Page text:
After a decade of focusing on treatments for heart failure and heart attacks, it’s atrial fibrillation’s turn in the spotlight, said Mintu Turakhia, MD, MAS, assistant professor of cardiology and director of cardiac electrophysiology for Palo Alto VA Health Care System.
“It’s a huge cost to society and one of the most common inpatient diagnoses,” Turakhia said.
Atrial fibrillation is an irregular and rapid heart rate — caused by spasms of the heart’s upper chambers — that afflicts more than 3 million Americans, increasing their risk of stroke and heart failure. Turakhia and his team planned to dig beneath the surface of atrial fibrillation using data from more than 122,000 patients with recent atrial fibrillation diagnoses in the U.S. Department of Veterans Affairs (VA) health-care system.
They started by examining the efficacy of digoxin, a generic drug derived from the plant foxglove. The results were striking: Patients who received digoxin were 3 percent more likely to die than similar patients.
“The take-home point is to question whether people should really be on this drug,” Turakhia said in a release. “These data challenge the current guidelines.”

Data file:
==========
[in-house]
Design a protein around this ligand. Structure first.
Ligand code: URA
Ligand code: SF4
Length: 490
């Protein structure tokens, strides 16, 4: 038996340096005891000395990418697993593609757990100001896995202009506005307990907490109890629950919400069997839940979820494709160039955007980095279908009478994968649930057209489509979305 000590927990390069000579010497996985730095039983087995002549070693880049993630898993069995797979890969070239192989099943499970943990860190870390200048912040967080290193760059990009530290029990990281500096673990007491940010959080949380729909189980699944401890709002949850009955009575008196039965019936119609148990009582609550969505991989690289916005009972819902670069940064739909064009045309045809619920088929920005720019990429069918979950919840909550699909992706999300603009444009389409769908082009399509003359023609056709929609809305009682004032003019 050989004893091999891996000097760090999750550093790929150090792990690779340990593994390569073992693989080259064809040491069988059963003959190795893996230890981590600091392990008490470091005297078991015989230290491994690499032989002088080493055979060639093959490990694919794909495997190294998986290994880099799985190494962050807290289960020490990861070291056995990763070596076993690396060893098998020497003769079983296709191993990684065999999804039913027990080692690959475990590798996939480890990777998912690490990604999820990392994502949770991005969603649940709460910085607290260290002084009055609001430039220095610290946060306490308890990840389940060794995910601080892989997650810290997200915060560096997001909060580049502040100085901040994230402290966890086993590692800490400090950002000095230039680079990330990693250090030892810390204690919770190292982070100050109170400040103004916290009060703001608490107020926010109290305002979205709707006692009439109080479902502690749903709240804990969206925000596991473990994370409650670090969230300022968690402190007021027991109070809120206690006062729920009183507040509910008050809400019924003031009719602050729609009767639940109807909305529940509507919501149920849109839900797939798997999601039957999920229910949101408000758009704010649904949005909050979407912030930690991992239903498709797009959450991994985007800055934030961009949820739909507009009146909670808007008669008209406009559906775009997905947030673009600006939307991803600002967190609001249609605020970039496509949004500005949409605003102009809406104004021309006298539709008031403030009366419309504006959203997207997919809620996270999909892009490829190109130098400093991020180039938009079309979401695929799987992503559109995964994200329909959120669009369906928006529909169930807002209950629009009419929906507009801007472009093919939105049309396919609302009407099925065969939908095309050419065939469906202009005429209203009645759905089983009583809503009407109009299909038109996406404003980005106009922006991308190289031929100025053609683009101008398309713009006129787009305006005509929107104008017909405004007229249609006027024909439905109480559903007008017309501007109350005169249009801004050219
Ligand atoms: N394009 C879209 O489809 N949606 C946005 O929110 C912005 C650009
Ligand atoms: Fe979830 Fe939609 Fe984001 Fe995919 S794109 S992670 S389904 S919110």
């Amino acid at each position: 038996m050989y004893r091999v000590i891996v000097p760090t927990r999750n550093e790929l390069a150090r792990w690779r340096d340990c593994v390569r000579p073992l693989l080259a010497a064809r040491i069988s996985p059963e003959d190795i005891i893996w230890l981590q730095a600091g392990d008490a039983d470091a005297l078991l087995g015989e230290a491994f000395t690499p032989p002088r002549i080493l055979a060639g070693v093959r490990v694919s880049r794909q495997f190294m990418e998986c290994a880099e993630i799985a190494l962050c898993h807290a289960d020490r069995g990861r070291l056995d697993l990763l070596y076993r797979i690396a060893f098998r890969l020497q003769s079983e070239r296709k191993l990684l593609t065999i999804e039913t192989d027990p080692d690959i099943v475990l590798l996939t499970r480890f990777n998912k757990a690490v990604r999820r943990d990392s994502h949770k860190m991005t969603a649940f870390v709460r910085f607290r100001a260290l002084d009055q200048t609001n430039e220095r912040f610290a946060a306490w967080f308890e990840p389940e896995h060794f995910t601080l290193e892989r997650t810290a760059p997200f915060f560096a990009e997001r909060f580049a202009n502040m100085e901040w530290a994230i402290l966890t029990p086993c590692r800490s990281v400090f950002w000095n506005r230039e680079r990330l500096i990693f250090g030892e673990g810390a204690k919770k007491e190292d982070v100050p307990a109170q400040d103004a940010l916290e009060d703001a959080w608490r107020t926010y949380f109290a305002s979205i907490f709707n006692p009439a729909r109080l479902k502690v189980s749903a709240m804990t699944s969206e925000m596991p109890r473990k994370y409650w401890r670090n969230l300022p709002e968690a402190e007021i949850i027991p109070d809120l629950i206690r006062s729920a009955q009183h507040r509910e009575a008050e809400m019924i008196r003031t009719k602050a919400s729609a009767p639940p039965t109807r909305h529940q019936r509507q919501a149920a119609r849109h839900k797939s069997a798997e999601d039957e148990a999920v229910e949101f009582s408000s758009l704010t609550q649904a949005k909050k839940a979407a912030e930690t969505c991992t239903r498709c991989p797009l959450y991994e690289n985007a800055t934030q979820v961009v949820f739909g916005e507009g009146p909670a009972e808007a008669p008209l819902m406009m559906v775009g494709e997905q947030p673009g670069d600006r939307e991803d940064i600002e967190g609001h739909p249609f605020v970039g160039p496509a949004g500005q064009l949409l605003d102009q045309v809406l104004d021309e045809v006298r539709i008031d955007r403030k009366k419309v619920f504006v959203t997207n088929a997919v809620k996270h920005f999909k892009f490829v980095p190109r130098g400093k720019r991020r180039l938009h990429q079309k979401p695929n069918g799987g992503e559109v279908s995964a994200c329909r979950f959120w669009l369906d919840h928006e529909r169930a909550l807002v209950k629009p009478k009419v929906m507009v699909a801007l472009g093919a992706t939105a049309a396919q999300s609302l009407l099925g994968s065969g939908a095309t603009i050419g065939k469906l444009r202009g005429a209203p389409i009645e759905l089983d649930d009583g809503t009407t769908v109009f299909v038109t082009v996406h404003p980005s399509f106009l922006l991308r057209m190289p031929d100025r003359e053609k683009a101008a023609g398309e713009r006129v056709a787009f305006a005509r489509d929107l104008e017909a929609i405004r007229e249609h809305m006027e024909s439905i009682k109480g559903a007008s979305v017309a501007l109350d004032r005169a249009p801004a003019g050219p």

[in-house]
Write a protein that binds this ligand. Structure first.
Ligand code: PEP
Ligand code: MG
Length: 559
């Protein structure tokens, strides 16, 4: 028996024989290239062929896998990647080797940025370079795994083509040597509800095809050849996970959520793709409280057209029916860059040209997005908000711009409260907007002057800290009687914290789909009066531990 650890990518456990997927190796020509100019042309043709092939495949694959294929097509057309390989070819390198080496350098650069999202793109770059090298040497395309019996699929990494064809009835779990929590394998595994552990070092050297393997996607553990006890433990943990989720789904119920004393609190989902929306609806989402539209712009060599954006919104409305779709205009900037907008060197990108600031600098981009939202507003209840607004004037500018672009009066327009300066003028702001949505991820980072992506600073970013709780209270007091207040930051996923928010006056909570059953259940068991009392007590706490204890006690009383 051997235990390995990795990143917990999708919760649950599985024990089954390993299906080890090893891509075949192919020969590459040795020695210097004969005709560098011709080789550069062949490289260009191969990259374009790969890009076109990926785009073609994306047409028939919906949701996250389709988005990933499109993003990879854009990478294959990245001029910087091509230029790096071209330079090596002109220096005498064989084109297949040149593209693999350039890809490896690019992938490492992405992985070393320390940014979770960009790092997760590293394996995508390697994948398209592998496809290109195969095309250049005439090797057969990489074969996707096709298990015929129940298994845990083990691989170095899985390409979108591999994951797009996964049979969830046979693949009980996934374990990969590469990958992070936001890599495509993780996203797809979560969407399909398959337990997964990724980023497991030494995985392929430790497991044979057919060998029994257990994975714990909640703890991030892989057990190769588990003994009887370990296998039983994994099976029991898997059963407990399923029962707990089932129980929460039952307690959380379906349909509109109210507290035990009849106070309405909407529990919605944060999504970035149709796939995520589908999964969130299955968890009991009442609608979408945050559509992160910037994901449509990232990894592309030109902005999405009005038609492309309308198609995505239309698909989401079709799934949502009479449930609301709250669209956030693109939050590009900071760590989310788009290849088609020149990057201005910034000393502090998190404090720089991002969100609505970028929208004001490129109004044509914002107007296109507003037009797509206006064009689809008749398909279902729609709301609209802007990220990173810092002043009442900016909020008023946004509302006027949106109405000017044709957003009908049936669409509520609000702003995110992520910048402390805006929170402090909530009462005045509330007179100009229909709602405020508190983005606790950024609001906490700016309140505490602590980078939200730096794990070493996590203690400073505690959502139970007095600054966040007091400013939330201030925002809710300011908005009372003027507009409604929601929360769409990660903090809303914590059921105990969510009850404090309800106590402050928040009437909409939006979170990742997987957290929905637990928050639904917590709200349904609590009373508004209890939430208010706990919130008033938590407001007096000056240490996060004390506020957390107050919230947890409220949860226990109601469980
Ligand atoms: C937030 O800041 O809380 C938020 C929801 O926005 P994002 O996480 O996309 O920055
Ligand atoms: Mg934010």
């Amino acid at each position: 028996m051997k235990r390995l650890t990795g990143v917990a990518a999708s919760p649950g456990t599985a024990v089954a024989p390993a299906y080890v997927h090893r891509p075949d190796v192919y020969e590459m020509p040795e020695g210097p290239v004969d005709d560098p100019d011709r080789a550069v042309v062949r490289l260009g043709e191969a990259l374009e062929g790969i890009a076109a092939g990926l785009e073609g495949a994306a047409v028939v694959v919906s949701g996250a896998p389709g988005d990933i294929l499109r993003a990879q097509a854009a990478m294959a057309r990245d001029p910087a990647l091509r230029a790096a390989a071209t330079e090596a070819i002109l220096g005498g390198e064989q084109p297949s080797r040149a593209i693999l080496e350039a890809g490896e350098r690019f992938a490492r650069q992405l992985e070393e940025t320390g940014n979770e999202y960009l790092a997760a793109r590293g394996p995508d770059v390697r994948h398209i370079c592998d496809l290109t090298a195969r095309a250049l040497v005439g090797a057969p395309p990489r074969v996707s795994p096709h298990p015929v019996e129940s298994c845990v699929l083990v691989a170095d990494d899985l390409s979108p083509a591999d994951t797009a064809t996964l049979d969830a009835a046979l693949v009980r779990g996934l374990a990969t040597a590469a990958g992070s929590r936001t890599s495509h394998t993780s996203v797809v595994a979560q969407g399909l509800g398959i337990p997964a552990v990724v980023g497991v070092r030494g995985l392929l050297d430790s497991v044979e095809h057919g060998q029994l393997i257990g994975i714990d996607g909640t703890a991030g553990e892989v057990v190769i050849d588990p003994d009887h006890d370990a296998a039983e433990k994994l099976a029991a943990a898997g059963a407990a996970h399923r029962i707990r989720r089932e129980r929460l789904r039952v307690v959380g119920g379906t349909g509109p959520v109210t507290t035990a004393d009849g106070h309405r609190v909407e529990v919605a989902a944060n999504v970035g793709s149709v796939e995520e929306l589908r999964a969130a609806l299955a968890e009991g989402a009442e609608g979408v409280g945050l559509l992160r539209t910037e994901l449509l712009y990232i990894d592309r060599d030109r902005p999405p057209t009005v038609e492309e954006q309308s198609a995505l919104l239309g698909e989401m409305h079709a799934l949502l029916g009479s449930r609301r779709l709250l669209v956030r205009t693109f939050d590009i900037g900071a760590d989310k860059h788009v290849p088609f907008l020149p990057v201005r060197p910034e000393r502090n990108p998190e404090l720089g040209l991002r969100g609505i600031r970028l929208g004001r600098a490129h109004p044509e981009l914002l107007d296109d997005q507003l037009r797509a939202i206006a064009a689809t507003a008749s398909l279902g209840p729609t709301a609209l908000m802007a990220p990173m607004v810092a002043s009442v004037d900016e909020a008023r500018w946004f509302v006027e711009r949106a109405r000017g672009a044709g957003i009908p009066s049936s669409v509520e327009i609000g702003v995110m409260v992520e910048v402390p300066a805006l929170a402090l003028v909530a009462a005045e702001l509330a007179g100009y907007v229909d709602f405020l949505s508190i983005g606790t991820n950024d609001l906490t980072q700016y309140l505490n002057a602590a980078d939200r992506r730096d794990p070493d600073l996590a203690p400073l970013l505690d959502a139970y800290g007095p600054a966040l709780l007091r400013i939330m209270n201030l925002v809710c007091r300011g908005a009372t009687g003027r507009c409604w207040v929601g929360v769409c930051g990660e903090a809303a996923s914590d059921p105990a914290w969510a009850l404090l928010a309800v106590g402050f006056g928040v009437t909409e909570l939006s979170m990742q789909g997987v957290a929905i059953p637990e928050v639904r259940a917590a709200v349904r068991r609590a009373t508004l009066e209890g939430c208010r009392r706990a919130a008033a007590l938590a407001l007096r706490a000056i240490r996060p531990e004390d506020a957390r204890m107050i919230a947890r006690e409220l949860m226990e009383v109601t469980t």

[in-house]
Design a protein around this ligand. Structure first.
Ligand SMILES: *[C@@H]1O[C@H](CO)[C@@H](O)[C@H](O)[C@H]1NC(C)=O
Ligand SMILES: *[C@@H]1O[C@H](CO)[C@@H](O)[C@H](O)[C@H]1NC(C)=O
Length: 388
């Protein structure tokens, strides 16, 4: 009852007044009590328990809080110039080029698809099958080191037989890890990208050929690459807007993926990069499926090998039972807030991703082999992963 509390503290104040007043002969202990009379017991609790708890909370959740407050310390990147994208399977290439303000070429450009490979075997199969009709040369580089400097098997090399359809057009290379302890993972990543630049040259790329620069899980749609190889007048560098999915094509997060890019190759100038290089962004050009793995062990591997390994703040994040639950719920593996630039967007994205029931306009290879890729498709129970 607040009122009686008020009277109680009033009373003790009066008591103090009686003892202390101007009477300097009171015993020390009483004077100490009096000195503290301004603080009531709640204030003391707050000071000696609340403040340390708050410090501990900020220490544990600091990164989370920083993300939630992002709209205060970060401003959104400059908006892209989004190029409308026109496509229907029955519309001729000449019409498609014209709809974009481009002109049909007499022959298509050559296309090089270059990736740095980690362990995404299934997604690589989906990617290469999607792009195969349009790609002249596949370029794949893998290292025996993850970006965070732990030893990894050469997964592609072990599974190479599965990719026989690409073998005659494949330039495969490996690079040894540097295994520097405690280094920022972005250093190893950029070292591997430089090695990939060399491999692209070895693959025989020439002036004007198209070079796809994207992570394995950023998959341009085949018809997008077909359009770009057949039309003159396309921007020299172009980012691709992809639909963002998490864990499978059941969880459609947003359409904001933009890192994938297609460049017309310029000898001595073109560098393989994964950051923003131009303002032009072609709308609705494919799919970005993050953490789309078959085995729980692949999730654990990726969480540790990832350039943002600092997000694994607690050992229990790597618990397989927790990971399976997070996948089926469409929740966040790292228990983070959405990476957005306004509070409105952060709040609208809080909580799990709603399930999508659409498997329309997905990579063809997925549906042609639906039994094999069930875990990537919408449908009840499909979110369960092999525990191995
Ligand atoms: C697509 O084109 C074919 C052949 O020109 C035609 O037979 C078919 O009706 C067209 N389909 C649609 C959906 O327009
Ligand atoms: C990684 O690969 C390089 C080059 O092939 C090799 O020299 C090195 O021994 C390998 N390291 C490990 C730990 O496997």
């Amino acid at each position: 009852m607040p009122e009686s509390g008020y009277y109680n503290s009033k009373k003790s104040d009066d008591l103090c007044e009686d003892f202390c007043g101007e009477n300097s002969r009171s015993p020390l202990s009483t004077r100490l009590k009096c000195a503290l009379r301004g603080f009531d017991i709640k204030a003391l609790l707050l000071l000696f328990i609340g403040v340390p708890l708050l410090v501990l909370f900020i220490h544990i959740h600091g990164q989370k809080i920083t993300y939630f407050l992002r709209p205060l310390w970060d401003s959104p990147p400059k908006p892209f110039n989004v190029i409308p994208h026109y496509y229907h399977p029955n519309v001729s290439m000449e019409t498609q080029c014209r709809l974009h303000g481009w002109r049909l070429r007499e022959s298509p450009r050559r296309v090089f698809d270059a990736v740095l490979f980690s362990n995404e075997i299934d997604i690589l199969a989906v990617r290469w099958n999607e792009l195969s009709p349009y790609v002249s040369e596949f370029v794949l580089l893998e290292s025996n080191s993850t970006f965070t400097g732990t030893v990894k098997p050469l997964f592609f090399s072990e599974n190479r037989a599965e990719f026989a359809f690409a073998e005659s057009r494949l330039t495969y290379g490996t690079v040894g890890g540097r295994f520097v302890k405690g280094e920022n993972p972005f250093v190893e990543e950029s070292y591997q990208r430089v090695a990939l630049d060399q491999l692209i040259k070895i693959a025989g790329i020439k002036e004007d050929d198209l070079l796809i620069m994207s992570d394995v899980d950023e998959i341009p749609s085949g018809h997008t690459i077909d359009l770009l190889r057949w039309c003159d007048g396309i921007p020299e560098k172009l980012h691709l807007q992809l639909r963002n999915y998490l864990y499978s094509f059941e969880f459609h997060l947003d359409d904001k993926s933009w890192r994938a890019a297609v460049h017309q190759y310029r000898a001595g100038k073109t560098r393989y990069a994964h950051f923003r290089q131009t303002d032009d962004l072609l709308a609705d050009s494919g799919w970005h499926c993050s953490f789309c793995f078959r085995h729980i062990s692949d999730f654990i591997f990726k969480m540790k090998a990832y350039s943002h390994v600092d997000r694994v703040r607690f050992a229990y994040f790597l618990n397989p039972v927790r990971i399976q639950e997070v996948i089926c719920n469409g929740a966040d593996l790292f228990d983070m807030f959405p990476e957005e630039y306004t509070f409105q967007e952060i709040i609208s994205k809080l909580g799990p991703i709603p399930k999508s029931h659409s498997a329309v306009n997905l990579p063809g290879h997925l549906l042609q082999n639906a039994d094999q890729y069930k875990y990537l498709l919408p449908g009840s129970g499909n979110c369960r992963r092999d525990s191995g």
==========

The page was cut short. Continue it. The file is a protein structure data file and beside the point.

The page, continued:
Both doctors and patients assumed digoxin was safe because derivatives of foxglove had been used for centuries, not because it had been proven safe or effective, Turakhia said. He said there are many other preferable treatments for atrial fibrillation and he plans to work to standardize treatment for atrial fibrillation in coming years.
“Can we be smarter about how we deliver atrial fibrillation care so it’s delivered efficiently with less variation?” Turakhia asked.
The study will be published in the Aug. 19 issue of the Journal of the American College of Cardiology, which appears online today.
Becky Bach is a former park ranger who now spends her time writing, exploring, or practicing yoga. She’s currently a science writing intern in the medical school’s Office of Communication & Public Affairs.
Previously: Hybrid procedure helps treat difficult cases of atrial fibrillation and Newly approved drug appears to provide more cost-effective stroke prevention than warfarin
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